This week my guest is James Altwies, the President of Gorst Valley Hops. James is an expert in hop chemistry and this week we’re going to discuss what alpha acids, beta acids and hop aroma oils are and how they can help you make better beer.
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Topics in This Week’s Episode (43:34)
- James Altwies, the President and CEO of Gorst Valley Hops is my guest this week. James is working to reintroduce through small farmers in Wisconsin. He is also an expert in hop growing and hop chemistry.
- Our topic for this week is Hop Chemistry and how hop chemistry affects home brewers.
- We start by discussing his project promoting the reintroduction of commercial hops into Wisconsin. James has been working with hop growers to produce very high quality hops without destroying fragile hop aroma oils.
- We start with the basic hop growing process and how hops are dried, pelletized and stored for our use.
- James explains where hop bitterness comes from – and what the alpha acids are.
- We discuss the various hop alpha acids (humulone, cohumulone, etc…) and how these are isomorized during the boil.
- James talks a bit about what the various humulone’s contribute to the beer.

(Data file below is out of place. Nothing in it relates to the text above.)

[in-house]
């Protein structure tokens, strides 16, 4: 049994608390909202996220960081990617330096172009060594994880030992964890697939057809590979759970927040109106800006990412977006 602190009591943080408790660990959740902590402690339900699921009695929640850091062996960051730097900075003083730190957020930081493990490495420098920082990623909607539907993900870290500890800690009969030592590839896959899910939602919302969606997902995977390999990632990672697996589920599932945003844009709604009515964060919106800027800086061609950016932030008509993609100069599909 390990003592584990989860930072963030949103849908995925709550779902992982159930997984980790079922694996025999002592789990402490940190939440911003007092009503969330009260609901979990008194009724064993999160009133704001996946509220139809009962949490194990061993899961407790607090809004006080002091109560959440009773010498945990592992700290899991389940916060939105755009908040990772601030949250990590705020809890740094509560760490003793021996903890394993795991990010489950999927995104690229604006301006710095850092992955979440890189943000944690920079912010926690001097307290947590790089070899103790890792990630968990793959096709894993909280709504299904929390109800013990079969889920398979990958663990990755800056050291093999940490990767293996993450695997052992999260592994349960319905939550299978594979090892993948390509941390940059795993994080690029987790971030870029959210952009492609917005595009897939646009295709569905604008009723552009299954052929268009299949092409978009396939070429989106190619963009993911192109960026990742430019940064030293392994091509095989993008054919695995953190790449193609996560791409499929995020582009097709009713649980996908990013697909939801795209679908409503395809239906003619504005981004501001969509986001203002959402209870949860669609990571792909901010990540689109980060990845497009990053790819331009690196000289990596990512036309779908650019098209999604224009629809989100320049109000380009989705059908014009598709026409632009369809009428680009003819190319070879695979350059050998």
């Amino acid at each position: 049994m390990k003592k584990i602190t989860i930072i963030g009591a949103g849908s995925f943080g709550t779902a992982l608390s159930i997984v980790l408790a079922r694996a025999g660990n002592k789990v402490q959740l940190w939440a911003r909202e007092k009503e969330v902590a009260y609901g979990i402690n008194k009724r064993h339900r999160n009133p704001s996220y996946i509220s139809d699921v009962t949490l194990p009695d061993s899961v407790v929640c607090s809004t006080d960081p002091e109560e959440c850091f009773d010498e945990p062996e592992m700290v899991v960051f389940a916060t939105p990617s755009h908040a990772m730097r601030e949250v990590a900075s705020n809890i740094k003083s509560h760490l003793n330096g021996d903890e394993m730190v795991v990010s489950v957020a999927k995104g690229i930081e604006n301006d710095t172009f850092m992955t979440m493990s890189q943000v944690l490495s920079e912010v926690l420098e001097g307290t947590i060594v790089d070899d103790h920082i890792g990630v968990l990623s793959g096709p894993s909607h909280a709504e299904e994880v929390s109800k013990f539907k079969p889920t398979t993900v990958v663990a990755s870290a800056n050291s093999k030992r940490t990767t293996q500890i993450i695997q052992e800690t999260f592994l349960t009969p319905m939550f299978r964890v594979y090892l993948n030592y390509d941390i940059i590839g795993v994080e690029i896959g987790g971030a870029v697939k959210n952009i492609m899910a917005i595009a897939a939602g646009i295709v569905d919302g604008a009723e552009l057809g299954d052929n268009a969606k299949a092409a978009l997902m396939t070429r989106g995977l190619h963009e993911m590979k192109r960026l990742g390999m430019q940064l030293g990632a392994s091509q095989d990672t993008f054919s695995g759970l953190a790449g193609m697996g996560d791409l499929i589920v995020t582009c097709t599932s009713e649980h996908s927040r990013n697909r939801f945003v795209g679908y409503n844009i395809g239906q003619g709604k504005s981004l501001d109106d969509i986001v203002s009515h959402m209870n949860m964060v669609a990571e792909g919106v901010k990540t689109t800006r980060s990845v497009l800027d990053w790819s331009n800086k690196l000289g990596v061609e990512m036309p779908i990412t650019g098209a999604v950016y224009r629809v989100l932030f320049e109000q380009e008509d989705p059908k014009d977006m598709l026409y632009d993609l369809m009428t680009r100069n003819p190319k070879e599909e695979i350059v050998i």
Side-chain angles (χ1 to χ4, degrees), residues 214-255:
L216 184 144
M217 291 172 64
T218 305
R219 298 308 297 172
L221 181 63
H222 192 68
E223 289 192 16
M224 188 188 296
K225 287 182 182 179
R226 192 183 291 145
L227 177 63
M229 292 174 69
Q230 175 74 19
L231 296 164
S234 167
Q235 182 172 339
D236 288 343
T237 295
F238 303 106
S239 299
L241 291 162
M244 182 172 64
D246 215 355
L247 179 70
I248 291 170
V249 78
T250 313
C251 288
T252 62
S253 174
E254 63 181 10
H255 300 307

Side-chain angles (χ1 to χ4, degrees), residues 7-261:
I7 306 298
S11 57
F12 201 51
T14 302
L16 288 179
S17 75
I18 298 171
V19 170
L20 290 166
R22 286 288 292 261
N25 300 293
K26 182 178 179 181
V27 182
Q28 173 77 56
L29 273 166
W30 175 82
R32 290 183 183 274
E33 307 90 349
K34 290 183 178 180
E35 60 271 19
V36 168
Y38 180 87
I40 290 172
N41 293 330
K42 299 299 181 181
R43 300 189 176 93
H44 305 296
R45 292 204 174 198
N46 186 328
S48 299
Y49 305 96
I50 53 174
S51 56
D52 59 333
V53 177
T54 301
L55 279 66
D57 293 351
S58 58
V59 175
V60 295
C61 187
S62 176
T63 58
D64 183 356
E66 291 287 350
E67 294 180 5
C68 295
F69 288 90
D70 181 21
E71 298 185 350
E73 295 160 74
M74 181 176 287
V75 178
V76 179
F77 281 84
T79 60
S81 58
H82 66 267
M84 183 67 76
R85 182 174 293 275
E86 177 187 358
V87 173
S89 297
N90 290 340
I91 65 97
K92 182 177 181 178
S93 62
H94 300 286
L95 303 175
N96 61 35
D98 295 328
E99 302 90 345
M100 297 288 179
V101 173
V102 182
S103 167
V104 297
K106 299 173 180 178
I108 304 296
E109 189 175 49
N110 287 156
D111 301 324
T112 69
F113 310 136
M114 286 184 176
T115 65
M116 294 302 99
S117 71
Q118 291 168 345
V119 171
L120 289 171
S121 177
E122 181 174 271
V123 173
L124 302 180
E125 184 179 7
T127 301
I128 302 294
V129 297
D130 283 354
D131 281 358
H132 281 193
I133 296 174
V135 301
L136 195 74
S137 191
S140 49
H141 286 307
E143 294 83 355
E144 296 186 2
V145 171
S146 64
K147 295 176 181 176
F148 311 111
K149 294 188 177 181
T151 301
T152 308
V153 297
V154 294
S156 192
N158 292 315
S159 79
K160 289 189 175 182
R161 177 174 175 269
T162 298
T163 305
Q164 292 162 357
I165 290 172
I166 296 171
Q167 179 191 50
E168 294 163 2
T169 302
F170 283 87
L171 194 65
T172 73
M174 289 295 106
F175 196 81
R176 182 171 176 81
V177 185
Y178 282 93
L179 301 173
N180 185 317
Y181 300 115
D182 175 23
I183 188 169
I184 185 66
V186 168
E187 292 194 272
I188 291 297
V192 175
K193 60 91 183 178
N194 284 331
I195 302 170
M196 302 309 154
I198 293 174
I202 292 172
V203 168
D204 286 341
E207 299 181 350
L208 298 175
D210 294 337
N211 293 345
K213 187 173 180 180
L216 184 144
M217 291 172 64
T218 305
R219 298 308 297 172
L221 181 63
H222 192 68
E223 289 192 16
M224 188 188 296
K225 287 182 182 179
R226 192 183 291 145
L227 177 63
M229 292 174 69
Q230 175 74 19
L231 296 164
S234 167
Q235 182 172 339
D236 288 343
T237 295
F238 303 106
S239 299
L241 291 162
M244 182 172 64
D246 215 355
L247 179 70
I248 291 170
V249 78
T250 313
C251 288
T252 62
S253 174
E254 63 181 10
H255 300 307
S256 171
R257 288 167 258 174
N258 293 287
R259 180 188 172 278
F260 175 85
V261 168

- We talk about what IBUs measure and also some of the limitations of IBU measurement – which really only measures one aspect of hops flavor
- James explains what beta acids are and what they do for the beer
- We talk about hop storage and how rapidly hops can degrade if not stored properly
- He discusses in depth what the various aroma oils are and how they boil off at different temperatures. Often the oil flavor you are looking for drives what temperature and when you need to add your aroma hops.
- James explains how different uses of hops come together to create a complex hoppy beer like an IPA.
- He talks through the importance of understanding the chemistry of hops and how it drives beer brewing
Thanks to James Altwies from Gorst Valley Hops for appearing on the show and also to you for listening!
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